Two Delightful Books I Read Recently (about Fluid Mechanics!)

The best part about grad school is finally having enough time to “do all the nothing you want.” Which is why I was able to sit down recently and teach myself the basics of fluid mechanics.

I came across two surprisingly wonderful books I thought worth mentioning since it’s unlikely most people would ever see them.

The first is the dryly titled Fundamentals of Aerodynamics by (the also dryly titled) John Anderson. It’s an undergraduate textbook for engineers that opens with one of the most riveting passages I’ve ever read:

On August 8, 1588, the waters of the English Channel churned with the gyrations of hundreds of warships. The great Spanish Armada had arrived to carry out an invasion of Elizabethan England… On that crucial day in 1588, when the English floated six fire ships into the Spanish formation and then drove headlong into the ensuing confusion, the future history of Europe was in the balance. In the final outcome, the heavier, sluggish, Spanish ships were no match for the faster, more maneuverable, English craft, and by that evening the Spanish Armada lay in disarray, no longer a threat to England. [The battle] taught the world that political power was going to be synonymous with naval power. In turn, naval power was going to depend greatly on the speed and maneuverability of ships. To increase the speed of a ship, it is important to reduce the resistance created by the water flow around the ship’s hull. Suddenly, the drag on ship hulls became an engineering problem of great interest, thus giving impetus to the study of fluid mechanics.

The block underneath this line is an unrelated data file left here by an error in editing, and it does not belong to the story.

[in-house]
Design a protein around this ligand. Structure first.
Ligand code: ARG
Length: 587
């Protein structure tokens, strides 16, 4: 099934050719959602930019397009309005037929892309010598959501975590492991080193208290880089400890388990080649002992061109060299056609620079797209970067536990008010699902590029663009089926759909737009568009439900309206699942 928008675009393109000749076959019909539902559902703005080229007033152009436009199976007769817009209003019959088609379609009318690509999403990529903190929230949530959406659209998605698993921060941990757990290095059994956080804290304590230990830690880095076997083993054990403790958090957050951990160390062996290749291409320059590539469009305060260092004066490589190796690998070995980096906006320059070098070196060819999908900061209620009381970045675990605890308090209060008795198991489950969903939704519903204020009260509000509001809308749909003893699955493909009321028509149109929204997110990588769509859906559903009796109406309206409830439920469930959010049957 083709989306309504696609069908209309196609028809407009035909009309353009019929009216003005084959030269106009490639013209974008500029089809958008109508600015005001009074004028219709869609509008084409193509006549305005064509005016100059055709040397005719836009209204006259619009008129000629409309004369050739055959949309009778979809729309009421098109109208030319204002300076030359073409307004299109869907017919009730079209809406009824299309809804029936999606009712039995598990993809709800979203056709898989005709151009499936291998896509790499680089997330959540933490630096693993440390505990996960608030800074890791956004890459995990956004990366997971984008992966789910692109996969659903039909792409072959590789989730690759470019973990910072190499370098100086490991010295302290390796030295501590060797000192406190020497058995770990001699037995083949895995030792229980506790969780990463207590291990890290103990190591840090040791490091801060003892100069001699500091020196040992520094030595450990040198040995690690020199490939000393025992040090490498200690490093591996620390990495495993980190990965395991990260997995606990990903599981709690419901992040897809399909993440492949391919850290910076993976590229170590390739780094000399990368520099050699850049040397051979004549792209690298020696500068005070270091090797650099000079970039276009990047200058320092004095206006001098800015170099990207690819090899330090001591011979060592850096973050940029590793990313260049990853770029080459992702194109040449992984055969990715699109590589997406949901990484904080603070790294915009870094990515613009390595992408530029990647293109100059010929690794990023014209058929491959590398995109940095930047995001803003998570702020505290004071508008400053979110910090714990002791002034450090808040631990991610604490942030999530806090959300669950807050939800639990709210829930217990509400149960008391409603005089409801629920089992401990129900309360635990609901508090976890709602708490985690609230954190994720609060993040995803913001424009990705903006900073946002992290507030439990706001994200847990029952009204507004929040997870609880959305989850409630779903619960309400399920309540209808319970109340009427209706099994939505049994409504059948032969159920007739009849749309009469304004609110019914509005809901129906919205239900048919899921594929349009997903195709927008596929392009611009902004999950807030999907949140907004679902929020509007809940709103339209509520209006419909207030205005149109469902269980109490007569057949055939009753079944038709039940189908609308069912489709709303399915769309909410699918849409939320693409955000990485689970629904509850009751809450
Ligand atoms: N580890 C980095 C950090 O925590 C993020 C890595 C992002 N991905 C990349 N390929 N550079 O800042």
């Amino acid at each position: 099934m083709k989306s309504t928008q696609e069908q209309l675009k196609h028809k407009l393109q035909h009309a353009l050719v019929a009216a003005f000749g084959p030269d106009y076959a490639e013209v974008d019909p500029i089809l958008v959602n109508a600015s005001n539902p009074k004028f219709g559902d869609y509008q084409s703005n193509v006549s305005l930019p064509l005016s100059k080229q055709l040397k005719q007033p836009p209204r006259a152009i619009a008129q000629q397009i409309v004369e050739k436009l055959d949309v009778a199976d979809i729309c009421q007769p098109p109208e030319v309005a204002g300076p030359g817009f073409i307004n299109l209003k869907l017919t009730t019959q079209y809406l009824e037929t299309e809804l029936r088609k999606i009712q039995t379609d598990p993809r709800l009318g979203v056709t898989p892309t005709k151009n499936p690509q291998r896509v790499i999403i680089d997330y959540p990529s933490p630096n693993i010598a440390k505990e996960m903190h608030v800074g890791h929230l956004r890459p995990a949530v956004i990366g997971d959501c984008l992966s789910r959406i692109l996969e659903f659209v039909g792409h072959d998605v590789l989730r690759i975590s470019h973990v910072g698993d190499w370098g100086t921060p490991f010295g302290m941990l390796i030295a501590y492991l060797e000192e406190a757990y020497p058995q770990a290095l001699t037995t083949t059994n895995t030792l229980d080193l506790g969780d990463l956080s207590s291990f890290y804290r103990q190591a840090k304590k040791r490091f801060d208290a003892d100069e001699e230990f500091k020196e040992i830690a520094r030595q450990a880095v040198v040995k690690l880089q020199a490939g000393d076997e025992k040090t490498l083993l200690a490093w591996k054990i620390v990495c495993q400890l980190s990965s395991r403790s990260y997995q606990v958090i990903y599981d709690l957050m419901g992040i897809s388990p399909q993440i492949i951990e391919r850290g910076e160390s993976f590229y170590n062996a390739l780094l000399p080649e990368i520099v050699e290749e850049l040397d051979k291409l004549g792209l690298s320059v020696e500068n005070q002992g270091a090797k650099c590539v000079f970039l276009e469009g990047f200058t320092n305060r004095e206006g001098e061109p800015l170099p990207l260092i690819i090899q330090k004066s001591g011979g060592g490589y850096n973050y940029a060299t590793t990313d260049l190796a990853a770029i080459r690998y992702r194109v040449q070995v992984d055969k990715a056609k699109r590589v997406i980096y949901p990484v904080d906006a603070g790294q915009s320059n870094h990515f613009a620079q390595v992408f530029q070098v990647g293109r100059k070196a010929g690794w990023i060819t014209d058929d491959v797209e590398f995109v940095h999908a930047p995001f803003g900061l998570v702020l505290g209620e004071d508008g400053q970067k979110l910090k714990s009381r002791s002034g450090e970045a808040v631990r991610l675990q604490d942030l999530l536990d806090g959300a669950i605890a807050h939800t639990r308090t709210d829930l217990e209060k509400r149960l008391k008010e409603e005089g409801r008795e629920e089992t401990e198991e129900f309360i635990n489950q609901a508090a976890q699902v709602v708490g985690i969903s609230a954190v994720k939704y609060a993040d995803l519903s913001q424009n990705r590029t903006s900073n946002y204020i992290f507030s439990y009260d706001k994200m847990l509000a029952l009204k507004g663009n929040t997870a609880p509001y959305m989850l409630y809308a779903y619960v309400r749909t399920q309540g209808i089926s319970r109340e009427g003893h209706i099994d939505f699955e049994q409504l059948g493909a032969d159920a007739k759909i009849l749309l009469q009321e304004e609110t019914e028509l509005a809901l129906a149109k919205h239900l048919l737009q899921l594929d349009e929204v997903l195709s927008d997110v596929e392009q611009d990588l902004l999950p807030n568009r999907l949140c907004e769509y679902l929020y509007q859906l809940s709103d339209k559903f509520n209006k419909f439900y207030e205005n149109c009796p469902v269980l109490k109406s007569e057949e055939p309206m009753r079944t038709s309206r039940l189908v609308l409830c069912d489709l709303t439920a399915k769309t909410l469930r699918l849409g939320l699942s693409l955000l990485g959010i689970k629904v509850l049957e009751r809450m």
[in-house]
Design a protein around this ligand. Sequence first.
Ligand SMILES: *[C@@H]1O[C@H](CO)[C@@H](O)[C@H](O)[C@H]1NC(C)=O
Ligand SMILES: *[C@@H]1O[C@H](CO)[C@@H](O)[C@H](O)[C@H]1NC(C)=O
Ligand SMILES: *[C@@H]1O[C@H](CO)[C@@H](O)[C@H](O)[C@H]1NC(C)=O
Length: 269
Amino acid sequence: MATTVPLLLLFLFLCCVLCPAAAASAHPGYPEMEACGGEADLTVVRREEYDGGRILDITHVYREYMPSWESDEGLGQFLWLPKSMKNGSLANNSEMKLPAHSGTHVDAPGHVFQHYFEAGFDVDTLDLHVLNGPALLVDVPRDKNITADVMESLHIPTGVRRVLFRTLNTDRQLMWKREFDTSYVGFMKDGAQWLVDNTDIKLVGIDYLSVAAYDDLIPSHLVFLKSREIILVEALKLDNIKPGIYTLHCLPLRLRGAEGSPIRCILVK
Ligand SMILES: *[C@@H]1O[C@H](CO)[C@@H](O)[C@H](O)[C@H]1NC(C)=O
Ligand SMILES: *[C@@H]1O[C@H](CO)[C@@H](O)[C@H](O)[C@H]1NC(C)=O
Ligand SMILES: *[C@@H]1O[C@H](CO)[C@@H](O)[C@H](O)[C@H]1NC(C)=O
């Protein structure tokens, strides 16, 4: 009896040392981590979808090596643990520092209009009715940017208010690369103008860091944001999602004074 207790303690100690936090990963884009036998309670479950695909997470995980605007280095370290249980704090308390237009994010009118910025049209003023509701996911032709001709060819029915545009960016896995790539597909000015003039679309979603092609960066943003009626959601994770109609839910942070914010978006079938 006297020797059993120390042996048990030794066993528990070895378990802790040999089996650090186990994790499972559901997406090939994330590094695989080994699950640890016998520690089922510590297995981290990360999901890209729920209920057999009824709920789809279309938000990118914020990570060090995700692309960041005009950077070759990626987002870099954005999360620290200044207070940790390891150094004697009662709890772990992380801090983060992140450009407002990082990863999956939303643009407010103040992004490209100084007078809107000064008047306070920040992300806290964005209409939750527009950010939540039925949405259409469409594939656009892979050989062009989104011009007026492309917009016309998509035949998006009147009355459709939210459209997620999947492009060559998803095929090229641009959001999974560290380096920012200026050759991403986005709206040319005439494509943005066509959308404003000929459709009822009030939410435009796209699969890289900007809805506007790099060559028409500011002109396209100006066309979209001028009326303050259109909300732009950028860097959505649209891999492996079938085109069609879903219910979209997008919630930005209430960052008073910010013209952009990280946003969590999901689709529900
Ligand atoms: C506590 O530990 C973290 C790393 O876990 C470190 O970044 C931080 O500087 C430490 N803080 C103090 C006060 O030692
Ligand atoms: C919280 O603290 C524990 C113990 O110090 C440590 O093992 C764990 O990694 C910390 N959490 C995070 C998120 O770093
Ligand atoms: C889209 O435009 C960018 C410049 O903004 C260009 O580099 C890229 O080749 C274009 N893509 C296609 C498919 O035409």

It’s too bad the book is all downhill from there. But how could it not be? At some point you’ve got to stop talking about British naval victories and move on to the equations.

Album of Fluid Motion deftly sidesteps that problem by avoiding text entirely. It’s a book about fluid mechanics that’s ALL PICTURES (and captions).

This is surprisingly helpful since part of what makes fluids so hard to understand is the complex ways in which they interact with themselves. It’s also interesting to see the range of techniques used to visualize fluid flow including: air bubbles, smoke, aluminum dust, oscillating a cylinder with a loudspeaker in a mixture of water and glycerin, and coating a cylinder in condensed milk and pushing it through water.

Streamlines around a cylinder

Periodic waves from a supersonic jet

The photos are unfortunately a little blurry. There’s a similar, more modern book (which I haven’t read yet) that looks like it may have clearer pictures called A Gallery of Fluid Motion.

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